(Personally I believe it's now too late for nuclear, it simply takes too long to build individual reactors, and a big bang plan would involve building thousands of them in parallel. Not to mention that the #8 and #10 global CO2 emitting countries are fundamentalist Islamic petro-states which aren't trusted with nuclear material.)

There is also a complicated motte-and-bailey distinction between high-level waste (spent fuel itself, etc.) and low-level. High-level waste can often be reprocessed and is comparatively small volume. The low-level waste is everything that's deemed too dangerous to landfill, and there's a lot more of it. From used rubber gloves to the entire volume of decomissioned reactors.

On the history of greens against nuclear reactors, mostly dating from the weapons issue: https://news.ycombinator.com/item?id=17774347 ; excellent rant on the public trust issue: https://blog.danieldavies.com/2006/05/nukes-and-nukemen-blai... (rather prescient about Hinkley Point C, which is still not built thirteen years later)

> There is also a complicated motte-and-bailey distinction between high-level waste (spent fuel itself, etc.) and low-level. High-level waste can often be reprocessed and is comparatively small volume. The low-level waste is everything that's deemed too dangerous to landfill, and there's a lot more of it. From used rubber gloves to the entire volume of decomissioned reactors.

There is already a huge amount of material underground that is too dangerous for landfill. Too dangerous for landfill is a very low standard.

I don't remember the exact volume, but I've been involved with an operation that probably excavated then entombed a volume of material that was of comparable volume to the nuclear industry's low-level waste. That material was not safe enough to go into landfill, we had to take special precautions with it.

Humanity already deals with 10s if not 100s of millions of cubic meters of material that is not safe for landfill. Annually. So far so good.

Fallout from nuclear bomb testing has nothing to do with waste from nuclear power plants - why would you confuse the two?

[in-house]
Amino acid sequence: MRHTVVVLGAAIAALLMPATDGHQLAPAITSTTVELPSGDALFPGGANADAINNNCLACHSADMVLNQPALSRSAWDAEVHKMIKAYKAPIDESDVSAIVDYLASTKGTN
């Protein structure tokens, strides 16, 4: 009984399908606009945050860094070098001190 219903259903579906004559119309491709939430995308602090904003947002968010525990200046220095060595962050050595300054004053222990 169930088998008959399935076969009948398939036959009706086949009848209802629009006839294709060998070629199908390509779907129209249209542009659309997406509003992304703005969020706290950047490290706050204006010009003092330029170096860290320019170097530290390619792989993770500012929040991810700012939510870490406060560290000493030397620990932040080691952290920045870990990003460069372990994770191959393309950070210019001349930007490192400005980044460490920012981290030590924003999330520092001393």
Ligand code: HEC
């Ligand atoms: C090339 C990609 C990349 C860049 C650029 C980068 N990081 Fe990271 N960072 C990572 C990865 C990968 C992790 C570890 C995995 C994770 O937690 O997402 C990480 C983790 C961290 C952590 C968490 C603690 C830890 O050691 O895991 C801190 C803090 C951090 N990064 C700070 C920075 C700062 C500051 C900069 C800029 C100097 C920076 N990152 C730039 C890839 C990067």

One of the few things that Greenpeace and the US military agree on is that civilian and military nuclear programs are very difficult to tell apart from the outside. That's why everyone watches Iran so closely.

Opposition to nuclear weapons fed back through nuclear testing into opposing the construction of the reactors themselves, because without the reactors there is no weapons programme.

The fact that nuclear reactors are used in one step of the long process of manufacturing some nuclear bomb components does not give anyone license to confuse nuclear bomb test fallout with nuclear reactor waste.

nuclear power might be impractical for a hotter earth http://en.rfi.fr/france/20190726-frances-nuclear-electricity...

That's true during the hotter months, but that's a benefit of why renewable energy comes from different sources. When it's not very sunny, it may be windy, the tide might be changing, the rivers are still flowing, the ground is still warm.

The same applies to nuclear, or when there's a shortage of oil or coal. You can't run one generator at full output, so you can increase the output of another.

why not just stick to clean energy sources

Base load

To get our bachelor's degree in Nuclear Engineering at NCSU a bunch of us looked at a continuous pyroprocess involving molten salt, molten cadmnium, EM pumps, and electroplating. The idea is to plate out the Uranium -- and only the uranium, satisfying nonproliferation concerns -- and precipitate out the minor actinides and plutonium together for HLW long term storage, or a different further recycling process.

This would close the loop and recycle uranium while still keeping the weapons grade plutonium out of people's hands. It doesn't transmute so it wouldn't solve the waste problem. It only solves the Uranium recycling problem.

The US Government is far more concerned about non-proliferation than it is about waste. Hence the lack of political will in fixing the long-known uranium recycling problem with methods like UREX/PUREX, which is not proliferation-resistant.

Was really fun, the tech looked promising, the maintenance looks awful, and the political will isn't there.